Ekurhuleni caters for the elderly
SOUTH AFRICA provides a range of subsidised accommodation options for the elderly through local government.
The City of Ekurhuleni has 25 service centres in which the elderly can find a home.
Vuk’uzenzele visited one of the centres to find out how it operates and to speak to one of the residents.
Baby Minnaar (87) arrived at Rest-a-while Service Centre for the aged about a year ago. The centre is in Primrose, Germiston.
She said what she loves most about staying there is that it is quiet and offers her privacy.
Minnaar added that most of her children were busy with their own lives and she personally loves to be alone.
“I am not lonely. I keep busy with house chores and other activities. I am still very active. I cook for myself also, unless I am sick,” she said.
Rest-a-while has 24 units and all residents are female. It has been operating for over 50 years.
Centre manager Trudy Carreira said the centre is different to a typical old-age home because residents look after themselves.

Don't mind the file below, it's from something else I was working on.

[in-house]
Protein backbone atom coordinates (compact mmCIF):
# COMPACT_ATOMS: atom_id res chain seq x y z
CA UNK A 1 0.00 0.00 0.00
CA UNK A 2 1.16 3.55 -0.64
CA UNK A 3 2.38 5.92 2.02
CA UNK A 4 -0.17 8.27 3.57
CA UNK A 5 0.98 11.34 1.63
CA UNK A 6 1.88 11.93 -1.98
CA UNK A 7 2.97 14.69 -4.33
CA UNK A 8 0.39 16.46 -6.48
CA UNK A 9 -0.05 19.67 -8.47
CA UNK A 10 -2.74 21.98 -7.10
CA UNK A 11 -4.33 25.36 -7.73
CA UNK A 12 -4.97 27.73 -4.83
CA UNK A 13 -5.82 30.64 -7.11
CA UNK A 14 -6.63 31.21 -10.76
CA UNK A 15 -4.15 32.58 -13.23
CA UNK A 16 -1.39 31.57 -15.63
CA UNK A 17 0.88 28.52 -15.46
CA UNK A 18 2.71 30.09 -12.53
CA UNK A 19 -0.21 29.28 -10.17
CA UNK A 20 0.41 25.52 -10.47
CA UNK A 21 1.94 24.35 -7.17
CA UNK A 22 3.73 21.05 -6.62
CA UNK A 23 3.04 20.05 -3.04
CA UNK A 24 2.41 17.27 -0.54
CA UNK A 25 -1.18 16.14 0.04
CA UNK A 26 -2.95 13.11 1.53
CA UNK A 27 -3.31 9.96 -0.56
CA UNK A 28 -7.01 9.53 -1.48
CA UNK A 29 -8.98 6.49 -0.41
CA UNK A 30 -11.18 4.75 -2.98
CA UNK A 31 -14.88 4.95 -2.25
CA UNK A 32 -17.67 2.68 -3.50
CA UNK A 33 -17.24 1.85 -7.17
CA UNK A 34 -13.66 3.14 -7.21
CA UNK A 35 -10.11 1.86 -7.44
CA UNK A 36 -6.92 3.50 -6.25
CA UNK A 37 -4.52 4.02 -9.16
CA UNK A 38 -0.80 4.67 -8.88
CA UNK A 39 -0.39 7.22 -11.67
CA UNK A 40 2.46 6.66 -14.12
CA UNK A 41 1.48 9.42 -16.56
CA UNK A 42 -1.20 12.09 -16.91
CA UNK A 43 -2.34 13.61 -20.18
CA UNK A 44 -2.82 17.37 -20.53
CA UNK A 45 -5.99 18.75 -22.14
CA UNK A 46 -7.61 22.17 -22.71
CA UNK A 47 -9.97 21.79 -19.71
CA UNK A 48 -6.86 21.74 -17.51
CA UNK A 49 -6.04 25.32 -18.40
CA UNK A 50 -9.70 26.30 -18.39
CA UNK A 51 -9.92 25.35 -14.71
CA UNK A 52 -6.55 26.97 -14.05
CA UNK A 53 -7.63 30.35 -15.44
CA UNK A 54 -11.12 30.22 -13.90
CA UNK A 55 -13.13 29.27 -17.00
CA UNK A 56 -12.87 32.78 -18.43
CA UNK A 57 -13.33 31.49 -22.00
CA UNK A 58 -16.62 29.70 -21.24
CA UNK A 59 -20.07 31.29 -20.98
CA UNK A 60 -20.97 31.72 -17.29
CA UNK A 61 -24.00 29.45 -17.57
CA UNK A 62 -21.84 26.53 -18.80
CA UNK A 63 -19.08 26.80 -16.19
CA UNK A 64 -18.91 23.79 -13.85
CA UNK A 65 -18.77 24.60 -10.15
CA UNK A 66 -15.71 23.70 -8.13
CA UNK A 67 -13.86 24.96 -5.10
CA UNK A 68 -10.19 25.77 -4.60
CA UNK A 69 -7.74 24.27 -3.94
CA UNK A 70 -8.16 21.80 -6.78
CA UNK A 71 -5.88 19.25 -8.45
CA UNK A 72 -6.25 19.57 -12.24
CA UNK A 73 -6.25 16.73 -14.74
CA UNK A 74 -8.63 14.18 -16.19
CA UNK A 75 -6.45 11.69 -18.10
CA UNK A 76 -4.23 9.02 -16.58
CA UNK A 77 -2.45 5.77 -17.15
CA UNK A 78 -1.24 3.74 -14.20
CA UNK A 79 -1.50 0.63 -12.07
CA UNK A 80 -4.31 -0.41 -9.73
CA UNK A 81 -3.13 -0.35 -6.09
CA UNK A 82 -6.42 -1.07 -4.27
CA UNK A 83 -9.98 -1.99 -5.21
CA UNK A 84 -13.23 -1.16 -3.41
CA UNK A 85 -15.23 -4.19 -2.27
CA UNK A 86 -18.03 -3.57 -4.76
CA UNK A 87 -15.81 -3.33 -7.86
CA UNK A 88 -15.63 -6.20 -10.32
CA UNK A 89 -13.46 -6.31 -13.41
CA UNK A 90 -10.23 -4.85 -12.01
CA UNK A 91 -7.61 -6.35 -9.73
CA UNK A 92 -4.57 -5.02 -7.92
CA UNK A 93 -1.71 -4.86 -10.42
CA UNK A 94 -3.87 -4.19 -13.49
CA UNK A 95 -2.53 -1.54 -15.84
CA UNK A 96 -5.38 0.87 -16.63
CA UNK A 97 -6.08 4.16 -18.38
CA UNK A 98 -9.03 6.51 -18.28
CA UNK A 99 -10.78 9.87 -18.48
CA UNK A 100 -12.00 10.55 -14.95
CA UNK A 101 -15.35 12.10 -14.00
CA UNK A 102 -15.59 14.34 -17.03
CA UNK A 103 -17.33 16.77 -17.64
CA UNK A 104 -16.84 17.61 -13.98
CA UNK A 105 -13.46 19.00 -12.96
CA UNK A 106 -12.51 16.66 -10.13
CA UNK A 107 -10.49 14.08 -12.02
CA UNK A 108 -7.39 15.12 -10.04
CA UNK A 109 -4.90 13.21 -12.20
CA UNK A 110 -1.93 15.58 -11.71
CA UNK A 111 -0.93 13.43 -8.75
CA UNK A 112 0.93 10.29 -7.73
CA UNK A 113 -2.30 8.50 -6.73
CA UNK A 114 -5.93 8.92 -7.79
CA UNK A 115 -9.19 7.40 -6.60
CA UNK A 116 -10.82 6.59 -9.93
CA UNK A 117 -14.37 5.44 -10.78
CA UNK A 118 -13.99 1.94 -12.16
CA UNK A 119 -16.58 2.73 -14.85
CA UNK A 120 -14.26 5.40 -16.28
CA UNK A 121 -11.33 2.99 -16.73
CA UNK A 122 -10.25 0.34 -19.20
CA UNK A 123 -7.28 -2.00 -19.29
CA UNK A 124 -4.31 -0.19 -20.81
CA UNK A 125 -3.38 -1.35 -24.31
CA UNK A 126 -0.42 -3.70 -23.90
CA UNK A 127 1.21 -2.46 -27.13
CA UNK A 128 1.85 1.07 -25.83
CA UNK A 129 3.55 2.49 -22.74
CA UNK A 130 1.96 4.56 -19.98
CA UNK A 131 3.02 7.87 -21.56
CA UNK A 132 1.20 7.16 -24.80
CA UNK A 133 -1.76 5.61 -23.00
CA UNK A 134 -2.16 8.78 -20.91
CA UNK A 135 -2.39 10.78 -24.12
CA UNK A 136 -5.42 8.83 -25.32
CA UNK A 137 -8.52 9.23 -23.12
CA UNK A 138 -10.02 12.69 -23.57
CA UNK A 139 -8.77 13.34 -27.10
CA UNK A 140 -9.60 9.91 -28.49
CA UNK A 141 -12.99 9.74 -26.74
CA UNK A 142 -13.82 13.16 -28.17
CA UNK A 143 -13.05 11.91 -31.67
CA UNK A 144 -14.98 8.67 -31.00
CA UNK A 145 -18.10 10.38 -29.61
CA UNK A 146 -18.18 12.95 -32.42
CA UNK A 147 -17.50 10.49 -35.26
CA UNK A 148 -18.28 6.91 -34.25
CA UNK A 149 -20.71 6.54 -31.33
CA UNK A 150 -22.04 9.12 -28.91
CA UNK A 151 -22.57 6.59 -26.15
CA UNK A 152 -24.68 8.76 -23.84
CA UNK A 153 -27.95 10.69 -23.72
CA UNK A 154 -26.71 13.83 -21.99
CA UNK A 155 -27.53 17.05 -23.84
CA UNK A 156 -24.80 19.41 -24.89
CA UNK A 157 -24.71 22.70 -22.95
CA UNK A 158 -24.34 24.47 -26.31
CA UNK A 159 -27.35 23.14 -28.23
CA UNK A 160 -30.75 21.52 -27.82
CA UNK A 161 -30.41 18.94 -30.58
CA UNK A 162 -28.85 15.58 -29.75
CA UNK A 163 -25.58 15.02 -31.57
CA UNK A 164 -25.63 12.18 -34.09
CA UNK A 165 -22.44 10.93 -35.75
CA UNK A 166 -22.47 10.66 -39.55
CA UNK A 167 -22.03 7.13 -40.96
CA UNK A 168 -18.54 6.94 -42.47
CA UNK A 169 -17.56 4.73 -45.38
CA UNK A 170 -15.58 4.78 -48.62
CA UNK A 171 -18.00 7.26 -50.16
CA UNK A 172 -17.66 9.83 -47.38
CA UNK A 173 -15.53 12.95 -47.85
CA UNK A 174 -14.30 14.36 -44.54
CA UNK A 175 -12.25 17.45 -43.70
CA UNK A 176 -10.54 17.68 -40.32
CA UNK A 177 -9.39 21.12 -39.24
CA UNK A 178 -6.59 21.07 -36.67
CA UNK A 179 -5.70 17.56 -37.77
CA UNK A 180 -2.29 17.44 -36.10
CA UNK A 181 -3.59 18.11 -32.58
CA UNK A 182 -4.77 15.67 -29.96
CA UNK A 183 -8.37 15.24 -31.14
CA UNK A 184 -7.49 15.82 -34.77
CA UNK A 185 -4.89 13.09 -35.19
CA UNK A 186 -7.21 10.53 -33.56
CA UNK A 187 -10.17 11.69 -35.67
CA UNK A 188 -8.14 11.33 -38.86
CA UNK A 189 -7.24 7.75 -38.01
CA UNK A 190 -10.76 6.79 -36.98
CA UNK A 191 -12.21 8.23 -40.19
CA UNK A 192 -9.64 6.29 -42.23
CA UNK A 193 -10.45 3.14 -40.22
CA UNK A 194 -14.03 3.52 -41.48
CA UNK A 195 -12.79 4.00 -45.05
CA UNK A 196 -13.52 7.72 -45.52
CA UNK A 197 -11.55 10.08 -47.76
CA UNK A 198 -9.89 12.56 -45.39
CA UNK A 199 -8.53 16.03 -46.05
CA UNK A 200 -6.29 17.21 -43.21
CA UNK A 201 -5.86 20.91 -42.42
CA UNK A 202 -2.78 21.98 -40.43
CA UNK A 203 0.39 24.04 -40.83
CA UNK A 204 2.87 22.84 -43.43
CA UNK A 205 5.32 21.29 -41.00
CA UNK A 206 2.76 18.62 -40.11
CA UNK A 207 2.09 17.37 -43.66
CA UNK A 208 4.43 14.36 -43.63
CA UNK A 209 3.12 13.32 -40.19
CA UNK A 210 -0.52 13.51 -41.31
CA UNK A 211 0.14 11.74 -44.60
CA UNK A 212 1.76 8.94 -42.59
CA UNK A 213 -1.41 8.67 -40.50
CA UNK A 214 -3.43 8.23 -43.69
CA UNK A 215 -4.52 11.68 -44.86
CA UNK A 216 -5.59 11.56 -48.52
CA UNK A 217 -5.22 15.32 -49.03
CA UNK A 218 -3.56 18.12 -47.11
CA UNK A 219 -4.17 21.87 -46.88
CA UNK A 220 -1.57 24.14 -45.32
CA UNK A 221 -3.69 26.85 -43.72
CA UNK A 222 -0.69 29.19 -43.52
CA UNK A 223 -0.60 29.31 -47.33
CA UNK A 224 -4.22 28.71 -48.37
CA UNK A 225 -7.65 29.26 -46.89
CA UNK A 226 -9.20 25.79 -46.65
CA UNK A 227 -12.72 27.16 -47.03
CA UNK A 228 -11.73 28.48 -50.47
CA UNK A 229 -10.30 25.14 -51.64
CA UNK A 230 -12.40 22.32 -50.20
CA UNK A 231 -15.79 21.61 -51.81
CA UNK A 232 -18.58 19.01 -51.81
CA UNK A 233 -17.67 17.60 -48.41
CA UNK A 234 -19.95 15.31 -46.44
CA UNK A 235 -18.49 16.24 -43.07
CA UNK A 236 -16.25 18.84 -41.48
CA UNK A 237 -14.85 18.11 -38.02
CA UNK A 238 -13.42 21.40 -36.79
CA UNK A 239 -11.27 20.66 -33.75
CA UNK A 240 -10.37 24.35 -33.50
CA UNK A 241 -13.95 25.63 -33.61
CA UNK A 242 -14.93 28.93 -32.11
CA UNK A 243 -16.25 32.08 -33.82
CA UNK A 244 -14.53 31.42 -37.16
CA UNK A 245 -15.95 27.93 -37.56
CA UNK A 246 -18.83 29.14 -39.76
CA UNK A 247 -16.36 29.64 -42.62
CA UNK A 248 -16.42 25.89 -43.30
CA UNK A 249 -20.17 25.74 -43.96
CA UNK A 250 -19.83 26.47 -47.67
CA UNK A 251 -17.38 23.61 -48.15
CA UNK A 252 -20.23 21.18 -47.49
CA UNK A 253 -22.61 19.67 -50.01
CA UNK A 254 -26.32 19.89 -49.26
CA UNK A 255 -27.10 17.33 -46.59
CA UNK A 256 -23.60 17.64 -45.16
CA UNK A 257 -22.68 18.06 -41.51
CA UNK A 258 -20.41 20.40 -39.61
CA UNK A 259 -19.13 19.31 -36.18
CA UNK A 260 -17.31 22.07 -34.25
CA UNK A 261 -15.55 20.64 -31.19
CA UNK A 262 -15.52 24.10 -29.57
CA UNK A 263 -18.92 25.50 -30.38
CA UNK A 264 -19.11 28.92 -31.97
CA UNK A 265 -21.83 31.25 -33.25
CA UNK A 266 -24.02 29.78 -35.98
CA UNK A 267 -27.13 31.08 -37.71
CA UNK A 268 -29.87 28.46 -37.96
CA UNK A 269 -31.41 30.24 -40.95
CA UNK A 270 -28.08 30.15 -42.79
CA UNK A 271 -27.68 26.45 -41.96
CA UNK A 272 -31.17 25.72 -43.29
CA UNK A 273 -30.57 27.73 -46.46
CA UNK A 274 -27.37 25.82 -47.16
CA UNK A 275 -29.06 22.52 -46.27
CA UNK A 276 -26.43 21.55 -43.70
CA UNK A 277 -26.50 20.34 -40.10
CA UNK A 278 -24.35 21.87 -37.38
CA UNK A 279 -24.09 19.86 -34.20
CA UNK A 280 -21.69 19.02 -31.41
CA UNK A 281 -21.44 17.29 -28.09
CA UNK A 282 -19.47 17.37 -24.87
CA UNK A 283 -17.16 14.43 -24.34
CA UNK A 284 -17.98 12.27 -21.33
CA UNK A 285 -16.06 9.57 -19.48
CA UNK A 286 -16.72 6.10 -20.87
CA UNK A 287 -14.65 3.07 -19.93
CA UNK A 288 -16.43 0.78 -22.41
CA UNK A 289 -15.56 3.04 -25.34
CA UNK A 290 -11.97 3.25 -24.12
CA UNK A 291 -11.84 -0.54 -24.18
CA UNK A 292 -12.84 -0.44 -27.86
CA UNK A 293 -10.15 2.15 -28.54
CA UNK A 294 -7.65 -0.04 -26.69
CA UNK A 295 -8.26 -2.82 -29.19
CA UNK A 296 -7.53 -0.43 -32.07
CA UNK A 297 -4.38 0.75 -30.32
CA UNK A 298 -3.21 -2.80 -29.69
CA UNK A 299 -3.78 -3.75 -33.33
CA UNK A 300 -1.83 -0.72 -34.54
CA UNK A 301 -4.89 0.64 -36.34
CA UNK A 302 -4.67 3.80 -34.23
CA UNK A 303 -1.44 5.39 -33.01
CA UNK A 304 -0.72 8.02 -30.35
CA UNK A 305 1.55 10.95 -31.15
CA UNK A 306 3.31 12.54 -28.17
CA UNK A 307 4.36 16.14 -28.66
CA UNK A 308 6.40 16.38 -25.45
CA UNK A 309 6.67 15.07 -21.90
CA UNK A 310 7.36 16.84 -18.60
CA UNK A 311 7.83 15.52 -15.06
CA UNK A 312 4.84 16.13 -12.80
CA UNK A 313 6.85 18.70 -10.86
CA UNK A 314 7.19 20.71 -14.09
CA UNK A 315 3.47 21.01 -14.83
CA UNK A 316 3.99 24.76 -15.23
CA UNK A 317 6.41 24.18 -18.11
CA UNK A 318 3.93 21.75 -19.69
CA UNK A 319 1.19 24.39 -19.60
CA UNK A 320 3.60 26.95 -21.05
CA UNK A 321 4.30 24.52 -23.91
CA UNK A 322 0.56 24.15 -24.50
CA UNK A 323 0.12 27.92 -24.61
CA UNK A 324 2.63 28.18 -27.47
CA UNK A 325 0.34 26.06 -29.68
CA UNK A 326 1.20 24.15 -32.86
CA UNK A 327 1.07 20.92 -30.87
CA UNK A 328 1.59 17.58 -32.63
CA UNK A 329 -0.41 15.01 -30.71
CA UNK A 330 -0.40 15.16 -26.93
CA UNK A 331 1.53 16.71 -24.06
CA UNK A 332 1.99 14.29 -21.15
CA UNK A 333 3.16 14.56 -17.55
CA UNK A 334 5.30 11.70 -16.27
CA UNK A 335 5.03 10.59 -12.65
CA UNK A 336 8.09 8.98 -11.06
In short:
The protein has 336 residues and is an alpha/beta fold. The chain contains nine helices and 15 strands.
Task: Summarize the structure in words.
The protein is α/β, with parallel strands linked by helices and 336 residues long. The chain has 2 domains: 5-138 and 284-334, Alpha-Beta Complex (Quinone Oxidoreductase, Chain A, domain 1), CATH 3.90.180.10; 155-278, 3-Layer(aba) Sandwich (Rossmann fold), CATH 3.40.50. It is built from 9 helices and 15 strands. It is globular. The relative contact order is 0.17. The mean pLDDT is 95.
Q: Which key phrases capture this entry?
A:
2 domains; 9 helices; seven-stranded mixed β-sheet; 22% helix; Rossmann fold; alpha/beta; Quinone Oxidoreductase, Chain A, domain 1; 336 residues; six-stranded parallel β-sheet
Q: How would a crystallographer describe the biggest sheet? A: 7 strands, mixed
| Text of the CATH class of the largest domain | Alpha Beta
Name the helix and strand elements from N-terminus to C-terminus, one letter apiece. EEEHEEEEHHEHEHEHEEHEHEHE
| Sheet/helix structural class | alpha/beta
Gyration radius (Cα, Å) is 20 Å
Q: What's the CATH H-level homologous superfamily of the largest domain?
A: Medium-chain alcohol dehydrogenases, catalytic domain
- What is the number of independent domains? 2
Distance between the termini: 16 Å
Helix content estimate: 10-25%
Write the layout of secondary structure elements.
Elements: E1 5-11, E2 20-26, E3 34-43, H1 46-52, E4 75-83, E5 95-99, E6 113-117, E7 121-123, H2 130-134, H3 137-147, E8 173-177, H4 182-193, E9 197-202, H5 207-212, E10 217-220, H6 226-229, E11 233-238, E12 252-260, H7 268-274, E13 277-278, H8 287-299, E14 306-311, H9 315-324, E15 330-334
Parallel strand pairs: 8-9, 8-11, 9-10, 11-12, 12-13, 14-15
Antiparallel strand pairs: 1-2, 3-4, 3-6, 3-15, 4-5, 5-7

“We offer self-sufficient accommodation and thus do not have nurses and other professionals on the premises,” she explained.
Carreira said if residents can no longer take care of themselves their families will be contacted to make arrangements or they liaise with the Department of Social Development through the city so that the person can be transferred to an oldage home with health-care facilities.
The centre has a programme of activities to keep residents busy throughout the week, but they are not compulsory. Meals can be purchased for R20 each.
At most centres owned by the city, residents pay a minimal fee of R75.05 and standard monthly levies ranging from R233 to R389. Electricity consumption is billed separately.
Baby Minnaar who resides at Rest-a-while Service Centre for the aged.